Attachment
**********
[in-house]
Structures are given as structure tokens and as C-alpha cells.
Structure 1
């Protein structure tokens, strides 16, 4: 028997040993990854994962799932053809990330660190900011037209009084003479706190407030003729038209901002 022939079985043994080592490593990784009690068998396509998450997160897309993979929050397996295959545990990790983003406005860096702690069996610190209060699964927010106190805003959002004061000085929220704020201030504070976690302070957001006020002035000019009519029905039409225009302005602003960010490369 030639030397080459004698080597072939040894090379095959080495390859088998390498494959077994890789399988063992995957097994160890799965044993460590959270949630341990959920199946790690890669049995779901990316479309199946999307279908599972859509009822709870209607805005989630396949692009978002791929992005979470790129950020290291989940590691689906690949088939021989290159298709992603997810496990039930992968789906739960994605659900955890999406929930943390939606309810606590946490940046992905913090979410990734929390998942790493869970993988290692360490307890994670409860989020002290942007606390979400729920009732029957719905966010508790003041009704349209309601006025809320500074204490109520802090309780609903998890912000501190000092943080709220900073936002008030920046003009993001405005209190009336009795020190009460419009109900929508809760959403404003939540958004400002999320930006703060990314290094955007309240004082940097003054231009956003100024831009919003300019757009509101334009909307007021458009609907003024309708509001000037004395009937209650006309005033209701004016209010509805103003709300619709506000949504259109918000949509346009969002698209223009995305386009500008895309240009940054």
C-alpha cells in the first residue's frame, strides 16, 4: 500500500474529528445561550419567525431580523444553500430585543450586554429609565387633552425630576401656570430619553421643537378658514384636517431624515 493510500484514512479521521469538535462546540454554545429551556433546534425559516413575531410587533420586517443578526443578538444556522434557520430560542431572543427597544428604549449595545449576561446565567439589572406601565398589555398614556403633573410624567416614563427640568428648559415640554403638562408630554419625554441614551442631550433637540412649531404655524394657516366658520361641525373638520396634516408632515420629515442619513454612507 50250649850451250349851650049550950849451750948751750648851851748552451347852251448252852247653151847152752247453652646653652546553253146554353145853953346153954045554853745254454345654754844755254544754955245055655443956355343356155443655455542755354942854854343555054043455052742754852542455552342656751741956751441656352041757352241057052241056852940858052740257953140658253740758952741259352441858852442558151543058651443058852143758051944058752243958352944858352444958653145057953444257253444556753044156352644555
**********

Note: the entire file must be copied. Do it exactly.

[in-house]
Structures are given as structure tokens and as C-alpha cells.
Structure 1
């Protein structure tokens, strides 16, 4: 028997040993990854994962799932053809990330660190900011037209009084003479706190407030003729038209901002 022939079985043994080592490593990784009690068998396509998450997160897309993979929050397996295959545990990790983003406005860096702690069996610190209060699964927010106190805003959002004061000085929220704020201030504070976690302070957001006020002035000019009519029905039409225009302005602003960010490369 030639030397080459004698080597072939040894090379095959080495390859088998390498494959077994890789399988063992995957097994160890799965044993460590959270949630341990959920199946790690890669049995779901990316479309199946999307279908599972859509009822709870209607805005989630396949692009978002791929992005979470790129950020290291989940590691689906690949088939021989290159298709992603997810496990039930992968789906739960994605659900955890999406929930943390939606309810606590946490940046992905913090979410990734929390998942790493869970993988290692360490307890994670409860989020002290942007606390979400729920009732029957719905966010508790003041009704349209309601006025809320500074204490109520802090309780609903998890912000501190000092943080709220900073936002008030920046003009993001405005209190009336009795020190009460419009109900929508809760959403404003939540958004400002999320930006703060990314290094955007309240004082940097003054231009956003100024831009919003300019757009509101334009909307007021458009609907003024309708509001000037004395009937209650006309005033209701004016209010509805103003709300619709506000949504259109918000949509346009969002698209223009995305386009500008895309240009940054």
C-alpha cells in the first residue's frame, strides 16, 4: 500500500474529528445561550419567525431580523444553500430585543450586554429609565387633552425630576401656570430619553421643537378658514384636517431624515 493510500484514512479521521469538535462546540454554545429551556433546534425559516413575531410587533420586517443578526443578538444556522434557520430560542431572543427597544428604549449595545449576561446565567439589572406601565398589555398614556403633573410624567416614563427640568428648559415640554403638562408630554419625554441614551442631550433637540412649531404655524394657516366658520361641525373638520396634516408632515420629515442619513454612507 50250649850451250349851650049550950849451750948751750648851851748552451347852251448252852247653151847152752247453652646653652546553253146554353145853953346153954045554853745254454345654754844755254544754955245055655443956355343356155443655455542755354942854854343555054043455052742754852542455552342656751741956751441656352041757352241057052241056852940858052740257953140658253740758952741259352441858852442558151543058651443058852143758051944058752243958352944858352444958653145057953444257253444556753044156352644555